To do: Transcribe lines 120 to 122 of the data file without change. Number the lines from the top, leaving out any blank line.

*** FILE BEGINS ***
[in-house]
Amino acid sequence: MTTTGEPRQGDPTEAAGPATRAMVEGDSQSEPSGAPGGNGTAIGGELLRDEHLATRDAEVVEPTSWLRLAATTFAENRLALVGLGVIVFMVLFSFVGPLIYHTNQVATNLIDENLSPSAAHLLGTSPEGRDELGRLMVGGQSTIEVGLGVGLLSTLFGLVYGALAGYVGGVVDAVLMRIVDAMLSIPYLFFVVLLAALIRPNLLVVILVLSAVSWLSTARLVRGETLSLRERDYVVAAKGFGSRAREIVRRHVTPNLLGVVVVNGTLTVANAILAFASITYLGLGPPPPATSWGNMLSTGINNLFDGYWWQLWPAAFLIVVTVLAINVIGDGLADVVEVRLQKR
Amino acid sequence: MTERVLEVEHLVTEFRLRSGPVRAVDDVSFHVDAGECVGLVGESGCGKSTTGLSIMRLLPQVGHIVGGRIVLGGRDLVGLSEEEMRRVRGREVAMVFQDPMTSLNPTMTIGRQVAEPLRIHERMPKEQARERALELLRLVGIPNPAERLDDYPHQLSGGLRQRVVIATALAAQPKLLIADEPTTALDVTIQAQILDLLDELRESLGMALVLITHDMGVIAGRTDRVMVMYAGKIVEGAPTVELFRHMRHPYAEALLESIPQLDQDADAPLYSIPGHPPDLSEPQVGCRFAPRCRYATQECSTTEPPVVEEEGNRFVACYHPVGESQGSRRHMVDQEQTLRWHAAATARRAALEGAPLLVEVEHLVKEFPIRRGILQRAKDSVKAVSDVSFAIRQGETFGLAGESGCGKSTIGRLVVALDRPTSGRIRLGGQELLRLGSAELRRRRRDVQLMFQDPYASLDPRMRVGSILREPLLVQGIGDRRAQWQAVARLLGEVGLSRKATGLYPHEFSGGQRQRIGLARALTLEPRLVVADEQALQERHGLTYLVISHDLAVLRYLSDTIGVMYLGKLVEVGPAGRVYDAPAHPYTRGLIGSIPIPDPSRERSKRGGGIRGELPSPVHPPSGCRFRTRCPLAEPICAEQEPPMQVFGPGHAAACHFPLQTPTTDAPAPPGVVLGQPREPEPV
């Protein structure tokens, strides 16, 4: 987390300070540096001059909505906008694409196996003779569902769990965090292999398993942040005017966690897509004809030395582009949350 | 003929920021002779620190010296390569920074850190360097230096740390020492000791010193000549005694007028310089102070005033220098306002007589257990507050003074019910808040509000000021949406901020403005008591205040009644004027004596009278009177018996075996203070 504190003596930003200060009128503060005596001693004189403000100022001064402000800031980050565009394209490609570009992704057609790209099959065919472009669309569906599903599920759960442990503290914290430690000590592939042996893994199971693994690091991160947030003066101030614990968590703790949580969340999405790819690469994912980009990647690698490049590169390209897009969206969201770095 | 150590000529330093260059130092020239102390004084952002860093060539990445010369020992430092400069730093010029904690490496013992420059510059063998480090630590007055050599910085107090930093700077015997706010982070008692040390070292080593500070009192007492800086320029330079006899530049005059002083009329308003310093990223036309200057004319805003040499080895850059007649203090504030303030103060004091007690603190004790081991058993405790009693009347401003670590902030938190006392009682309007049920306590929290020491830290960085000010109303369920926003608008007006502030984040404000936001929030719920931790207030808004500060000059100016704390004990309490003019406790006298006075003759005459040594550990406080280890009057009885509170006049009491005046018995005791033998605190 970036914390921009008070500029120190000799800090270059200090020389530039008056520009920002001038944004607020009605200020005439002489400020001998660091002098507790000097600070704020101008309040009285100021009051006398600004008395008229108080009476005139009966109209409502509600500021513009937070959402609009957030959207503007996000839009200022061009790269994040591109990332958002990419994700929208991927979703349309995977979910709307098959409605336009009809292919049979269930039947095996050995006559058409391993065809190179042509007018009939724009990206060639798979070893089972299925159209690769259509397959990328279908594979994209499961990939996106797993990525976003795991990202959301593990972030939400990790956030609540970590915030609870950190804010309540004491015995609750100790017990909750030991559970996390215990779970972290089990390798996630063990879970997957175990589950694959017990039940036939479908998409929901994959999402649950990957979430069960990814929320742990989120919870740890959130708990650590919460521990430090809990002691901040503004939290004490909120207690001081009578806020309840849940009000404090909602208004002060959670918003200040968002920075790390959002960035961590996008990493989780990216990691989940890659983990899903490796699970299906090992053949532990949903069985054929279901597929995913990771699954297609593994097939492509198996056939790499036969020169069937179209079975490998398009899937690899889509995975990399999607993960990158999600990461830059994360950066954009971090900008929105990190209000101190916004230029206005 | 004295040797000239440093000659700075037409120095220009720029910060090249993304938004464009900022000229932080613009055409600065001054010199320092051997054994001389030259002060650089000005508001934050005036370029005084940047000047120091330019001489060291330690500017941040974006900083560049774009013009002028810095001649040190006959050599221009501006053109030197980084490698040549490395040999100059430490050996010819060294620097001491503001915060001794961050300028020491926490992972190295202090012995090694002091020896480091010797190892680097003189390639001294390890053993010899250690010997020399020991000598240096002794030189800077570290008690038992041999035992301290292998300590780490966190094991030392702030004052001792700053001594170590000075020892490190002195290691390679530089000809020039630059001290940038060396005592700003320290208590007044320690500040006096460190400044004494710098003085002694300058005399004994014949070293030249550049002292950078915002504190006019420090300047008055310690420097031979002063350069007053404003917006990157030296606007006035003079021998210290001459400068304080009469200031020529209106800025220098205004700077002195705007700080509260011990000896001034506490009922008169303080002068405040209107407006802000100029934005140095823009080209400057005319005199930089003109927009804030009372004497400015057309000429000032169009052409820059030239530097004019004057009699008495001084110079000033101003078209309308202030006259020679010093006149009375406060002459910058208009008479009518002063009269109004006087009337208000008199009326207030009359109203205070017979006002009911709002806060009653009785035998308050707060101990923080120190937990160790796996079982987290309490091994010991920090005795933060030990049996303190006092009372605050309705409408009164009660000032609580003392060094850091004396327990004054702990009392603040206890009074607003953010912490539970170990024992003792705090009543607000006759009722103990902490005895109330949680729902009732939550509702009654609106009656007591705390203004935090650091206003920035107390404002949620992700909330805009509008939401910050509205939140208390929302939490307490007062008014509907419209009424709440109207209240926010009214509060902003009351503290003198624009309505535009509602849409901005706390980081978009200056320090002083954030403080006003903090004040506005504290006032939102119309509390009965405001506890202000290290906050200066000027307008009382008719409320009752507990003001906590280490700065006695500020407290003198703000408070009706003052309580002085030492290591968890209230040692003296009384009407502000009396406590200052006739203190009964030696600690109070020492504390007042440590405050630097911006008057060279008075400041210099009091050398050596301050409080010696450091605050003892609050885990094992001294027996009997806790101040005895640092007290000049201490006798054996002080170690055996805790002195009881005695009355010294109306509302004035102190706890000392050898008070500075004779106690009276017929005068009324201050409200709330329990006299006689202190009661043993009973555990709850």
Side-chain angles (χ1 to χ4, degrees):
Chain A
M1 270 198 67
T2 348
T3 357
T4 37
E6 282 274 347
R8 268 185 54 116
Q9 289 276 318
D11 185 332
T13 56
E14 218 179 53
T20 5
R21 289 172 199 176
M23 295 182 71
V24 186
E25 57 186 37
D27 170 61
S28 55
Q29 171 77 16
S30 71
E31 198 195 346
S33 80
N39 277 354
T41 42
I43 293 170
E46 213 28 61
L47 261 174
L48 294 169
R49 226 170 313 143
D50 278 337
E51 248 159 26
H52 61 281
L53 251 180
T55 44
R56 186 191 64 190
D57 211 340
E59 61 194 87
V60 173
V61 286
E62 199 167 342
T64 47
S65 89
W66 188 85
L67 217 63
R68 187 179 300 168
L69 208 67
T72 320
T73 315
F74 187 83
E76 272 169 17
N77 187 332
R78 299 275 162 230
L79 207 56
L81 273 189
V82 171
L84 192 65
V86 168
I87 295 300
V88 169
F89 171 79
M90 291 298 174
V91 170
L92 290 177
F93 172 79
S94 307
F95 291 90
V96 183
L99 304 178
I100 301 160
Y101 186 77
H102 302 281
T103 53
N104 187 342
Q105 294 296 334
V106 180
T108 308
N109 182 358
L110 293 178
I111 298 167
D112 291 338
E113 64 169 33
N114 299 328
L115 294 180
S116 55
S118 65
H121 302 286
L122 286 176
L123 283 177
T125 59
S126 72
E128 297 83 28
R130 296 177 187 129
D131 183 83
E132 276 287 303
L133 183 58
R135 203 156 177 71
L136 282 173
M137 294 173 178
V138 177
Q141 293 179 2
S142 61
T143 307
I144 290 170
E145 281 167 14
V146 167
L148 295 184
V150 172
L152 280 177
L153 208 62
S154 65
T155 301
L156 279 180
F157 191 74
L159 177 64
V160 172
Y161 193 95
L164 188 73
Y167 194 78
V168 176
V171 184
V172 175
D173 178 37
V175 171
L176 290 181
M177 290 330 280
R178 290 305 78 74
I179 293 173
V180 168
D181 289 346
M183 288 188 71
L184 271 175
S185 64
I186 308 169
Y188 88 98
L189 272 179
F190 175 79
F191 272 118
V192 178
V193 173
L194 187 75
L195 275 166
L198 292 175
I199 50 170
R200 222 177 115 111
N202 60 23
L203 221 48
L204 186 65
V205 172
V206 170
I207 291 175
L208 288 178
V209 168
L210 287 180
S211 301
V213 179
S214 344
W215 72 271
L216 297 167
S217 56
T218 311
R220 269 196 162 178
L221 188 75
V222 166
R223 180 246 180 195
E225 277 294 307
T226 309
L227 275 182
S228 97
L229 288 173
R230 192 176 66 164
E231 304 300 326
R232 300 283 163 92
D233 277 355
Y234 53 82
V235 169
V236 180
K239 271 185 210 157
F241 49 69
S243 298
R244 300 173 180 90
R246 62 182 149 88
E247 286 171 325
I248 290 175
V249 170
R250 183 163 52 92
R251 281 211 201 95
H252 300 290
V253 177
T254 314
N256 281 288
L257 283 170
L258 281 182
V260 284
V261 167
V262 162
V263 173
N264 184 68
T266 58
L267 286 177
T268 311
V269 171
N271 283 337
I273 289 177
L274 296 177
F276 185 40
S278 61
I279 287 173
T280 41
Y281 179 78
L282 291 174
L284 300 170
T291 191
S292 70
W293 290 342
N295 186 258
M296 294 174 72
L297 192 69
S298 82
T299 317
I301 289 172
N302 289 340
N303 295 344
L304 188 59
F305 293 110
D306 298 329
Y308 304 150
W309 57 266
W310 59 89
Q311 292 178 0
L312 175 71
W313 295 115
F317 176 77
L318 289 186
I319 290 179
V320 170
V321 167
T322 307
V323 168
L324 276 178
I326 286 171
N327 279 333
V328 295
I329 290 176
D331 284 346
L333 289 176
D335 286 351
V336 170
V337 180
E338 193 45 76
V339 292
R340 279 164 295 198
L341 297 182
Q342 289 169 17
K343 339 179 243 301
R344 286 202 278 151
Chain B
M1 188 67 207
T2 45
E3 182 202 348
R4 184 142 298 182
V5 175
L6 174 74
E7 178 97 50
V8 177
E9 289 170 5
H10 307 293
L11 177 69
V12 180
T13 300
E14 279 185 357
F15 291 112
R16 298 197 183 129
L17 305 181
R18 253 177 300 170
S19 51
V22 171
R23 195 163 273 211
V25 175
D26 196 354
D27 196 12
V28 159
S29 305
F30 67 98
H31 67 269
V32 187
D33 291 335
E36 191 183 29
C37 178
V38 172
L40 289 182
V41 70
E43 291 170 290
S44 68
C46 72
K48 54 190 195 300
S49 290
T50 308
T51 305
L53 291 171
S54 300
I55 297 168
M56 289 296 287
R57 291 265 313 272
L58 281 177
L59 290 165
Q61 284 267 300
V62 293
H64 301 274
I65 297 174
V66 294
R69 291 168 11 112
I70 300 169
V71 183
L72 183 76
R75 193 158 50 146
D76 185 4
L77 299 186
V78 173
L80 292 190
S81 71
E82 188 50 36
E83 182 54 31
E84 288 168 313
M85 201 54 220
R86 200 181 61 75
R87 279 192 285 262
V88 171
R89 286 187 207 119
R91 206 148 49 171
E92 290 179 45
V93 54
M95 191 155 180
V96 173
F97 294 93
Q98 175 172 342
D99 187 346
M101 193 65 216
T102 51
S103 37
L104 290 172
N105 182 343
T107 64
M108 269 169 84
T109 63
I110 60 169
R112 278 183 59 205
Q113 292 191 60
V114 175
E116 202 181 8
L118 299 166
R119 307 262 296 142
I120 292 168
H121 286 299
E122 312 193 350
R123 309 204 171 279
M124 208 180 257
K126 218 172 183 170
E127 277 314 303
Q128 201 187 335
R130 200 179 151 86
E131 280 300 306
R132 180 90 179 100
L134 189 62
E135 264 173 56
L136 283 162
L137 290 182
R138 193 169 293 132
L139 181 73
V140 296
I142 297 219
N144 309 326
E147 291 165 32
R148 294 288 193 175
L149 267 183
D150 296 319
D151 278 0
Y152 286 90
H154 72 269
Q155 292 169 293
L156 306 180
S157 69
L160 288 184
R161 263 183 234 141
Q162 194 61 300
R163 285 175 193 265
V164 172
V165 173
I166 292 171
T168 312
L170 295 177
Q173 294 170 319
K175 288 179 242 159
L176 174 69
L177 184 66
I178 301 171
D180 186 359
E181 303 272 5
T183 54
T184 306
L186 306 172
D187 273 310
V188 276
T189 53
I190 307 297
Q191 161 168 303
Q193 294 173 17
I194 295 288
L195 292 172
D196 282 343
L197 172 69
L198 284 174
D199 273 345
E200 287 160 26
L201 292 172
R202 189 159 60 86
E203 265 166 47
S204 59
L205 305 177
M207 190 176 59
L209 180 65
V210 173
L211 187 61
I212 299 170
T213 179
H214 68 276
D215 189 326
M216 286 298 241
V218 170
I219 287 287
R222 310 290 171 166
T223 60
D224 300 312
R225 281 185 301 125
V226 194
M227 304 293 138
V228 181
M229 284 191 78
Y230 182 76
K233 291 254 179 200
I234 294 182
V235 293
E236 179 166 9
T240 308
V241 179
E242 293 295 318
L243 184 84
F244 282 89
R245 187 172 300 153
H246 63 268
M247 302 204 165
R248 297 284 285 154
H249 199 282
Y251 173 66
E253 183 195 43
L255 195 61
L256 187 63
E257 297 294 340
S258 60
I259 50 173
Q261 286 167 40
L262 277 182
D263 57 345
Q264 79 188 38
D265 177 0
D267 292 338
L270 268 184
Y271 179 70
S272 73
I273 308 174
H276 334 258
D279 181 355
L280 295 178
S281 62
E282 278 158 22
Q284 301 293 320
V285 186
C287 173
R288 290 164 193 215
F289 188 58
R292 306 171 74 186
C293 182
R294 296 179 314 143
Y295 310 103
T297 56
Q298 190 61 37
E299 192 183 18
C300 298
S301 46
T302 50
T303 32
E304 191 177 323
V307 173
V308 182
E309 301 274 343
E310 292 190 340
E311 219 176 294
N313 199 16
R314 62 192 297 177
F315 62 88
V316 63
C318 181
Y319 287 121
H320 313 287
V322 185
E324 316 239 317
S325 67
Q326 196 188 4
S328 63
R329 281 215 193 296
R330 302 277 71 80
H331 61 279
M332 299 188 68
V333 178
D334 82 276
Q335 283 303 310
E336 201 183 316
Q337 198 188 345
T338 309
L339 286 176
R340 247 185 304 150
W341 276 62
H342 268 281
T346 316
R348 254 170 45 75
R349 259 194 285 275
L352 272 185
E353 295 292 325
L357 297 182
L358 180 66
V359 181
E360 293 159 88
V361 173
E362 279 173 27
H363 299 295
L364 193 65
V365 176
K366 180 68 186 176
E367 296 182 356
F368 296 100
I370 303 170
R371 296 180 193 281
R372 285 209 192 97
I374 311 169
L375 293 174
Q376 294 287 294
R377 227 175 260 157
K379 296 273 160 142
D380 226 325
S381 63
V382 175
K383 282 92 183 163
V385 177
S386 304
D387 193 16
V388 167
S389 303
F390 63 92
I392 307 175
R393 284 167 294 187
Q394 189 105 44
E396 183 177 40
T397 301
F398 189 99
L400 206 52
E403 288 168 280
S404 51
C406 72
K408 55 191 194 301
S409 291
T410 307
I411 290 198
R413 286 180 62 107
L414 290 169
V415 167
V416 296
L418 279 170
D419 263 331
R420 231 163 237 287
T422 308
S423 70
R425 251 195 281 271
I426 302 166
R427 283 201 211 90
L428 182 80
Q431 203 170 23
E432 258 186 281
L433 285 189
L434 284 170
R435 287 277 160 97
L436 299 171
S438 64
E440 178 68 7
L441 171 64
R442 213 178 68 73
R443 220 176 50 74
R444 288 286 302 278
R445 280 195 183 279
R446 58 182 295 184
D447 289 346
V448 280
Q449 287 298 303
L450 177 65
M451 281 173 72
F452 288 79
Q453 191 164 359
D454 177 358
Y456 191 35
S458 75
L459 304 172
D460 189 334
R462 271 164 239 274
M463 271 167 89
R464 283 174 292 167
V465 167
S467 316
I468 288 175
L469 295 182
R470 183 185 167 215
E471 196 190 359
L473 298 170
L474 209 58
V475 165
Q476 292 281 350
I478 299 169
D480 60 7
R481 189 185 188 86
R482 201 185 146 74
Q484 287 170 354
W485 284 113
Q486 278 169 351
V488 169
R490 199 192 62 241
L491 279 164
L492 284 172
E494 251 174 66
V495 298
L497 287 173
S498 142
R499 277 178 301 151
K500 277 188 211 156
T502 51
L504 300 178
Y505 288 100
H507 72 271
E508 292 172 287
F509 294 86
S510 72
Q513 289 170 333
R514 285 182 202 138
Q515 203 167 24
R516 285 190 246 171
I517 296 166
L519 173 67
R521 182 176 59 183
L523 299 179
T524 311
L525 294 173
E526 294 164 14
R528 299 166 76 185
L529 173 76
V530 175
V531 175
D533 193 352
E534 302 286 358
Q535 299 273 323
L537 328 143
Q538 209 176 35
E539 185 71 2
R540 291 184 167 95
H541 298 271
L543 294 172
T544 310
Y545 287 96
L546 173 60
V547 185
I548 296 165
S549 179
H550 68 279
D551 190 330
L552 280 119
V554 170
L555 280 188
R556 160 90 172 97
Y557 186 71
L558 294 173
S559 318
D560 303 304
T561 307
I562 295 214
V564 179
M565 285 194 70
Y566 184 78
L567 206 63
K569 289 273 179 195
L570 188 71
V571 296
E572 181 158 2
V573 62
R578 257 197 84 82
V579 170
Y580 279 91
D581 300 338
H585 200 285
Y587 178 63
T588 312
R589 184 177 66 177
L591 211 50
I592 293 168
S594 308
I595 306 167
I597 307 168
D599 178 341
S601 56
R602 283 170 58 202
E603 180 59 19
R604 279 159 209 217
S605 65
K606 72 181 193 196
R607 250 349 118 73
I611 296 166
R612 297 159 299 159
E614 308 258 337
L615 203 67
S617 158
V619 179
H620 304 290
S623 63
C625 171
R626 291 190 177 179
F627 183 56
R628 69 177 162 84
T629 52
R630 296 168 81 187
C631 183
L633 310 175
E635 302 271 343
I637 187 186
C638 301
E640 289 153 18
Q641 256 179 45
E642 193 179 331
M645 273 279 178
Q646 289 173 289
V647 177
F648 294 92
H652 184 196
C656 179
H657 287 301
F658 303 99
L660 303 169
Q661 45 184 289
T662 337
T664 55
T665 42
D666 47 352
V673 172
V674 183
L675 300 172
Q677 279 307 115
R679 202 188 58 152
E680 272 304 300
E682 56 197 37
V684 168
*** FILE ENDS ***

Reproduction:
V160 172
Y161 193 95
L164 188 73